Pydantic parse objects with parse_obj and parse_obj_as methods

Effortless Data Parsing: Deep dive into Pydantic’s parse_obj and parse_obj_as methods.

Pydantic Python library logo.

Converting objects and files into Pydantic models? All you need to know about parse_obj function

Converting objects and files into Pydantic models might sound like a magical transformation, and in a way, it is! In this enchanting journey of data manipulation, we’re going to unveil all the secrets you need to know. Pydantic, with its data validation superpowers, not only helps you create well-structured models but also allows you to effortlessly breathe life into them from various sources.

Imagine turning a plain, old Python dictionary or even a JSON file into a fully-fledged Pydantic model with just a few lines of code. It’s like casting a spell! Whether you’re dealing with API responses, database records, or just want to make sense of your data, Pydantic has your back. So, prepare to unlock the magic of converting objects and files into Pydantic models, and let’s embark on this captivating adventure together!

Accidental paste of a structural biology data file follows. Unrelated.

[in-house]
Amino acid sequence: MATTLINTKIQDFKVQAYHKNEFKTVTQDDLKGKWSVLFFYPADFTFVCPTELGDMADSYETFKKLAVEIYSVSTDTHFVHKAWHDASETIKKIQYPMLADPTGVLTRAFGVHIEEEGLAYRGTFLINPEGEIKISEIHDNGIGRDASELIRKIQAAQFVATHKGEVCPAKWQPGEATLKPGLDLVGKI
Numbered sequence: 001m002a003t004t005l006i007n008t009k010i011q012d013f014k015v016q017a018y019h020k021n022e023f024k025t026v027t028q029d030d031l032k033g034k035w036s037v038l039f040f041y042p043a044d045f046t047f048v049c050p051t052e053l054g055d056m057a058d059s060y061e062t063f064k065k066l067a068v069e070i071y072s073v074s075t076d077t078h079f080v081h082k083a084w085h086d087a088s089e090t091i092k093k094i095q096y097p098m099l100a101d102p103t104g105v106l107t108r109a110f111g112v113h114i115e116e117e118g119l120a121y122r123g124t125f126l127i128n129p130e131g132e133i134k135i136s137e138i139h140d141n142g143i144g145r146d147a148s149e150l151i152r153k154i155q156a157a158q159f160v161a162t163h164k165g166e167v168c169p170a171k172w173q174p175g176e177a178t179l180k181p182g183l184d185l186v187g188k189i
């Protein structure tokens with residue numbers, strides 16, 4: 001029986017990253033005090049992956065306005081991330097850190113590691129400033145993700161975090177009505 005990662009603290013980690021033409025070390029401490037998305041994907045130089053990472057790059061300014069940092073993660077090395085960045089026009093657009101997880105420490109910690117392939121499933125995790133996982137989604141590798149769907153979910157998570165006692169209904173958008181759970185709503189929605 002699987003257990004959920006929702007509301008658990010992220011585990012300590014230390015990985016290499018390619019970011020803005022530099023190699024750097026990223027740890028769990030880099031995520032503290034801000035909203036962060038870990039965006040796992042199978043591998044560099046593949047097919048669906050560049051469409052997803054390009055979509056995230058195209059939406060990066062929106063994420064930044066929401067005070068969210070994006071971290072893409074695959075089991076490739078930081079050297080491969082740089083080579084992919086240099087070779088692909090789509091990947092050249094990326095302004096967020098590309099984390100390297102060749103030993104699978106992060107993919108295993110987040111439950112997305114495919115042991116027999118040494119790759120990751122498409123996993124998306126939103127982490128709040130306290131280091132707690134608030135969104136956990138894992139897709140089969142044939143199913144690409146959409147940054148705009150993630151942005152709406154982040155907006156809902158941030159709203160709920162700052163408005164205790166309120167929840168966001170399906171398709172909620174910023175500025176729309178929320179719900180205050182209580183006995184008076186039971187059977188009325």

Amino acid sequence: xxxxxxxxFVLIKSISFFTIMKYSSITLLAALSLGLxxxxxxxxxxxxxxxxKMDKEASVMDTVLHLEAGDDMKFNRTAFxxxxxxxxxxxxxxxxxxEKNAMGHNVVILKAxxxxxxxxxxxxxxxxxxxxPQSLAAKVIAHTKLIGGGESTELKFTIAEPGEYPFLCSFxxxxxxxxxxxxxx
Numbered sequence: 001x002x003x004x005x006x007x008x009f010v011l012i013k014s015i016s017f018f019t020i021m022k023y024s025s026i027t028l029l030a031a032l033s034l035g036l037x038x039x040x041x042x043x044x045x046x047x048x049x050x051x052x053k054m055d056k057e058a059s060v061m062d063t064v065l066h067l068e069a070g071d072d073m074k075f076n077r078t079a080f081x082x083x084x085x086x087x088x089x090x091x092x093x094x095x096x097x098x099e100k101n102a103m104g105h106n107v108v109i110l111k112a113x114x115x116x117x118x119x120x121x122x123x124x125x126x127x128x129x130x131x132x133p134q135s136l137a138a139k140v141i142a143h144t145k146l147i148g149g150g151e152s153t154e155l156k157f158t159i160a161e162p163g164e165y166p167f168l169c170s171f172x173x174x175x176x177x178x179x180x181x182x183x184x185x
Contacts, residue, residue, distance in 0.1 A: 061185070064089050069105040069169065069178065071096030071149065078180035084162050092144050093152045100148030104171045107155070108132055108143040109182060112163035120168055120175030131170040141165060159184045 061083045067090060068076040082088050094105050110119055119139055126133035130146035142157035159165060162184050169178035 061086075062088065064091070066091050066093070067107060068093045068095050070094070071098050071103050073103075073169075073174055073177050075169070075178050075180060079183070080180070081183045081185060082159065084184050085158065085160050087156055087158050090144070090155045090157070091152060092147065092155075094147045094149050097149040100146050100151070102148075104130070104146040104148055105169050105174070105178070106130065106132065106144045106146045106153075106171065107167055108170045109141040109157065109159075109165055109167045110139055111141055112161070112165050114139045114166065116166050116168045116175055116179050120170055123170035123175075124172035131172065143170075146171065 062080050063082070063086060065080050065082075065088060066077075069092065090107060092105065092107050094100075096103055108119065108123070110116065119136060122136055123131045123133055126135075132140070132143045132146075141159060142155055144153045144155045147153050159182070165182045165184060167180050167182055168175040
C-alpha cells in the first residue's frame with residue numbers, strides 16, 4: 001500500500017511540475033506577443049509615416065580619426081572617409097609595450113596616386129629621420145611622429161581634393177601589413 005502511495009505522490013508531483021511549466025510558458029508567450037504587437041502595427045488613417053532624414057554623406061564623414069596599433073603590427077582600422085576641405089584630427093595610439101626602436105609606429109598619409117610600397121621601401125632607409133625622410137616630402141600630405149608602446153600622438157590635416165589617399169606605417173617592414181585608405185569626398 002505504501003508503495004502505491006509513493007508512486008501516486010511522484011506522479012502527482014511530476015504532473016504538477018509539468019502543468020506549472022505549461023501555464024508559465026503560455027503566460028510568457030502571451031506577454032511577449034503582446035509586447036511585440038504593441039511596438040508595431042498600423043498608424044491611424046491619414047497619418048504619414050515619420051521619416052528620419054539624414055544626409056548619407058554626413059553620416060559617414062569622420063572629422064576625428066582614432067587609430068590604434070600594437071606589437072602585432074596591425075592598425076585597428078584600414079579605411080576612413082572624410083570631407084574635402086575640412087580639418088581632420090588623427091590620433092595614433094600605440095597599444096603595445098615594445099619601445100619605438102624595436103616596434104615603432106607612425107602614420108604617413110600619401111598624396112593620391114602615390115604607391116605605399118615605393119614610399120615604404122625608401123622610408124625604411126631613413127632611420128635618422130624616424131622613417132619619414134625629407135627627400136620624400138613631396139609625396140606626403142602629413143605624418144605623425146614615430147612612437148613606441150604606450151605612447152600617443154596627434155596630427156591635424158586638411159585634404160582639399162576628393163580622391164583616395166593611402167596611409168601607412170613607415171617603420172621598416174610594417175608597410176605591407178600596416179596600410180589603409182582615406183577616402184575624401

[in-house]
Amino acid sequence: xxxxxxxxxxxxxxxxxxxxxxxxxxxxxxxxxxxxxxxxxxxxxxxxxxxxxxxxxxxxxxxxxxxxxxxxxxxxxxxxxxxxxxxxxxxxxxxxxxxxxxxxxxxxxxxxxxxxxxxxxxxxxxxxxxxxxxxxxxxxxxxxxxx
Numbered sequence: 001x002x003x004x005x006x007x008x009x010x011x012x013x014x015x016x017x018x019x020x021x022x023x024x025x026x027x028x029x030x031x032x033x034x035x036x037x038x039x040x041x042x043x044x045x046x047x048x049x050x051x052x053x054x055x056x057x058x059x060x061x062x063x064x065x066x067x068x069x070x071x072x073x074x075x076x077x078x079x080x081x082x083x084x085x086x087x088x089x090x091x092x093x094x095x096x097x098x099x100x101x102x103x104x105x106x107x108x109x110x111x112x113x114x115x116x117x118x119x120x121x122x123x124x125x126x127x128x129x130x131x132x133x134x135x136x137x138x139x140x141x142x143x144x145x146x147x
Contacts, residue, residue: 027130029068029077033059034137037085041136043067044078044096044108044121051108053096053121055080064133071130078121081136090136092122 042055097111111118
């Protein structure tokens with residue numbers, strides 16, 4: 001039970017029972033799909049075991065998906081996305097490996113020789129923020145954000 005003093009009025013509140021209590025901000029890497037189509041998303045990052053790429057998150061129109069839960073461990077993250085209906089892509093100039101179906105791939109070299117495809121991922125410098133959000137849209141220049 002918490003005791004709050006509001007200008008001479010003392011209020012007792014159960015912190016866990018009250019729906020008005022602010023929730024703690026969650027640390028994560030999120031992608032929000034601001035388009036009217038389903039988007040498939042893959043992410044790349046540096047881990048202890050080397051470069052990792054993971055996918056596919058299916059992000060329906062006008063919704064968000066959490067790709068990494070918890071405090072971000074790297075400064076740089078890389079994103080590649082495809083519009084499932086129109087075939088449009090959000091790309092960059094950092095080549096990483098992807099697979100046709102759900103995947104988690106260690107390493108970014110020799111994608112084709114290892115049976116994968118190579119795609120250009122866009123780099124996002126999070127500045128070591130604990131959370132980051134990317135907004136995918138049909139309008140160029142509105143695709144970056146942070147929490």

How to load a Pydantic model from an object. Pydantic parse_obj example

Hey there, Pydantic enthusiasts! If you’ve ever delved into the world of Pydantic, you know it’s a superhero in the realm of data validation and parsing in Python. But what’s the deal with loading a Pydantic model from an object, you ask? Well, it’s an exciting adventure, and in this Pydantic parse_obj example, we’re about to embark on a thrilling journey together!